Interactions among land cover, disturbance, and productivity across Arctic-Boreal ecosystems of Northwestern North America from remote sensing
Wang, Jonathan Alexander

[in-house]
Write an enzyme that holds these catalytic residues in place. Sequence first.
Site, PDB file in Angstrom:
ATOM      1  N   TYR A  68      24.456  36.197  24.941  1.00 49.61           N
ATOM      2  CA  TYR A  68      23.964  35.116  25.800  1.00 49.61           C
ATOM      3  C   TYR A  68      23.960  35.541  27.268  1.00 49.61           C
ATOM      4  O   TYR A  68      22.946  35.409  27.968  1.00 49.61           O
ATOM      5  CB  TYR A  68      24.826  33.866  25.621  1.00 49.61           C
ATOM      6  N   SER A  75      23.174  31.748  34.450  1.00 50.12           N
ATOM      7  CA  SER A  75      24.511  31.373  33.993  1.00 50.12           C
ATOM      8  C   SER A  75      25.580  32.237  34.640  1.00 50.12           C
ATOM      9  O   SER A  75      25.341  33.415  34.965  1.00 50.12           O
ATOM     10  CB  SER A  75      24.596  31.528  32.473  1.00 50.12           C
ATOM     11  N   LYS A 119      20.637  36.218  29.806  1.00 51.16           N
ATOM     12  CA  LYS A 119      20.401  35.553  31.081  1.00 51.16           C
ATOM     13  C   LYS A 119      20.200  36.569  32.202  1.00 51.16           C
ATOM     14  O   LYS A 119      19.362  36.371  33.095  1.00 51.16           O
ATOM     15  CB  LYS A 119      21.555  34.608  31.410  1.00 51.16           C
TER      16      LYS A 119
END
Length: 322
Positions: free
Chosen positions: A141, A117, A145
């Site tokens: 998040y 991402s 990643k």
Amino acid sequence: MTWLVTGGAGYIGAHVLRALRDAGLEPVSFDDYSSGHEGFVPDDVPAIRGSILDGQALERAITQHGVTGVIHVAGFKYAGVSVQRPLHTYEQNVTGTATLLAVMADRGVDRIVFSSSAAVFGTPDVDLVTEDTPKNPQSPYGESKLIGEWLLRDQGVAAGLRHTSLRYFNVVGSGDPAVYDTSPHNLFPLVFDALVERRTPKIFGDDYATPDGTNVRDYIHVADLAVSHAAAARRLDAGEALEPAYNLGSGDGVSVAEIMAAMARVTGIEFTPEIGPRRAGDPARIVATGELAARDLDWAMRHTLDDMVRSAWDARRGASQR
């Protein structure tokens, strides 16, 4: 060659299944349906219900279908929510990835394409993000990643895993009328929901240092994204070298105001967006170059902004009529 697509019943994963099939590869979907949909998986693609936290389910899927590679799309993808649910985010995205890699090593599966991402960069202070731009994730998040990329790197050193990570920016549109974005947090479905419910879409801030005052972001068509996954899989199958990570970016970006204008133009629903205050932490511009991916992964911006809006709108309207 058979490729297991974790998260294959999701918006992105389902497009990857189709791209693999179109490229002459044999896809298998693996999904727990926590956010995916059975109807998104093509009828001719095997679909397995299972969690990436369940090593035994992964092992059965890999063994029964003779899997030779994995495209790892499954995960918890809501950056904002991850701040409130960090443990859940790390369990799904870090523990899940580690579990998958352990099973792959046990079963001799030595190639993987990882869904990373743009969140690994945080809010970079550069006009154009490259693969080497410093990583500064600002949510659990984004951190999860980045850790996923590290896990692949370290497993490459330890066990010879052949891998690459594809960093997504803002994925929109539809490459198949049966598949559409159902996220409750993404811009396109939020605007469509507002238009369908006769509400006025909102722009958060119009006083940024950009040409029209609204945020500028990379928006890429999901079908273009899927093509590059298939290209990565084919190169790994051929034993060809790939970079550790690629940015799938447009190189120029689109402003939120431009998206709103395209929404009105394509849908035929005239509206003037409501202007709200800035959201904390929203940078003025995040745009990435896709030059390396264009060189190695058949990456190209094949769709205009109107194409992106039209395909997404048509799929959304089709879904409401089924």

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Arctic and Boreal ecosystems are experiencing accelerated carbon cycling that coincides with trends in the normalized difference vegetation index (NDVI), a widely used remotely sensed proxy for vegetation productivity. Meanwhile, a variety of processes are extensively altering Arctic-Boreal land cover, complicating the relationship between NDVI and productivity. Because high-quality information on land cover is lacking, understanding of relationships among Arctic-Boreal greenness trends, productivity, and land cover change is lacking. Multidecadal time series of moderate resolution (30 m) reflectance data from Landsat and high resolution (<4 m) imagery were used to map annual cover and quantify changes in land cover over the study domain of NASA’s Arctic-Boreal Vulnerability Experiment. Results identify two primary modes of ecosystem transformation that are consistent with increased high latitude productivity: (1) in the Boreal biome, simultaneous decreases in Evergreen Forest area and increases in Deciduous Forest area caused by fire and harvest; and (2) climate change-induced expansion of Arctic Shrub and Herbaceous vegetation. Land cover change imposes first-order control on the sign and magnitude of NDVI trends. Over a quarter of NDVI trends were associated with land cover change. Relative to locations with stable land cover, areas of land cover change were twice as likely to exhibit statistically significant trends in Landsat-derived NDVI. The highest magnitude trends were concentrated in areas of forest disturbance and regrowth and shrub expansion, while undisturbed land showed subtler, but widespread, greening trends. Based on Orbiting Carbon Observatory-2 data, sun-induced fluorescence, a proxy for productivity, reflected relationships among land cover, disturbance age, and productivity that were not fully captured in NDVI data. In contrast with NDVI, time series of aboveground biomass provide physically-based measures of productivity in forests. Using Landsat-based land cover and reflectance and ICESat lidar data, aboveground biomass was mapped annually across the study domain. Most forests showed increasing biomass, with wildfires imposing substantial interannual variability and harvest imposing steady biomass losses. This dissertation provides new information on how disturbances are driving land cover and productivity change across Arctic-Boreal northwestern North America and reveals insights regarding the interpretation of remote sensing observations in these biomes.
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